City Council: Clarke Introduces Affordable Housing Tax Exemptions; Gauthier Moves on People’s Preservation Package

Affordable Housing Tax Exemption

Prior to the start of the City Council meeting, Council President Darrell Clarke held a press conference touting proposed legislation “incentivizing affordable housing development by authorizing tax exemptions.”

Clarke explained that inflation, amongst other economic concerns, was a major factor in proposing the legislation.

“The drivers of inflation, the cost of gas, the cost of food, and, interesting enough, the cost of housing is another driver of inflation,” Clarke said.

The legislation complements a bill introduced in the Pennsylvania General Assembly that allows for tax exemption for “improvement to deteriorated areas and incentivizes the creation and improvement of affordable housing units.”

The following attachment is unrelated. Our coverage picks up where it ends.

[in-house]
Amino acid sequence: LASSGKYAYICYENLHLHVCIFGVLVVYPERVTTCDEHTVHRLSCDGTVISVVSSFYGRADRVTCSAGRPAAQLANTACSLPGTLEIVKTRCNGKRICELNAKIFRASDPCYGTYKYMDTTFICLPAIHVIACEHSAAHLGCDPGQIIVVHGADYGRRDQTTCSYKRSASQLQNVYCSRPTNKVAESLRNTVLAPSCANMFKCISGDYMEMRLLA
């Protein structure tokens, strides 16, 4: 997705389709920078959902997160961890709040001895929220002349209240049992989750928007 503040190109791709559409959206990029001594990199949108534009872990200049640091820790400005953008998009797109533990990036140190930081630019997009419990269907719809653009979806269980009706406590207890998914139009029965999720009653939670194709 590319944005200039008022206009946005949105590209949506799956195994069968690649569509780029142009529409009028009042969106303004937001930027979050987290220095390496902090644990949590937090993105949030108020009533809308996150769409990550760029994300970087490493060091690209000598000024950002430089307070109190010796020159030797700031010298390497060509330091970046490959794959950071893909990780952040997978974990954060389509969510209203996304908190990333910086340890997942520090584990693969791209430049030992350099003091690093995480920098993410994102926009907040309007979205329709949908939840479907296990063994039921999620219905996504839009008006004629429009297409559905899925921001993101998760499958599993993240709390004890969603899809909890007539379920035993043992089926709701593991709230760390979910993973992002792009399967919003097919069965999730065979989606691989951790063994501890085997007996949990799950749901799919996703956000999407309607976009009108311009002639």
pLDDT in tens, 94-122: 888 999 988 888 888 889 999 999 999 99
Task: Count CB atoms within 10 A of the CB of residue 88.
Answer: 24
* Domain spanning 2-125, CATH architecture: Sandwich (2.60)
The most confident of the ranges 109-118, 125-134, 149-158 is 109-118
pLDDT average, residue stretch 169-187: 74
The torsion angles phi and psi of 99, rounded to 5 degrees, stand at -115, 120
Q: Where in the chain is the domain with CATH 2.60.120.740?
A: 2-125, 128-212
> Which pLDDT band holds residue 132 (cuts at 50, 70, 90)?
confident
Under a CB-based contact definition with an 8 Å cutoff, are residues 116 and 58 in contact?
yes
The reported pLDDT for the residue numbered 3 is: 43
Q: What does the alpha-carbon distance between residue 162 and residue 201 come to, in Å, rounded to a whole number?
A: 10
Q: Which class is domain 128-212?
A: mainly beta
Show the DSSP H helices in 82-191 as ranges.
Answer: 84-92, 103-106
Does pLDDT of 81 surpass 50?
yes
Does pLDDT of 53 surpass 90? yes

According to the legislation, the council bill will apply to the following areas of the city:

“The area bounded by John F. Kennedy Blvd., 15th Street, Roosevelt Boulevard, Old York Road, Pike Street, 13th Street, Germantown Avenue, Ontario Street, 13th Street, Clearfield Street, 12th Street, Glenwood Avenue, 13th Street, Spring Garden Street, and Broad Street.”

The bill identifies affordable housing as:

“Affordable housing unit.” (1) A multi-unit residential dwelling where at least 30% of the residential units meet all of the following: (i) Are rent-restricted. (ii) Are occupied by an individual or family whose income is not more than 60% of area median income. (2) The term includes single family residences that are subject to deed restrictions and occupied by an individual or family whose income is not more than 60% of the area median gross income.”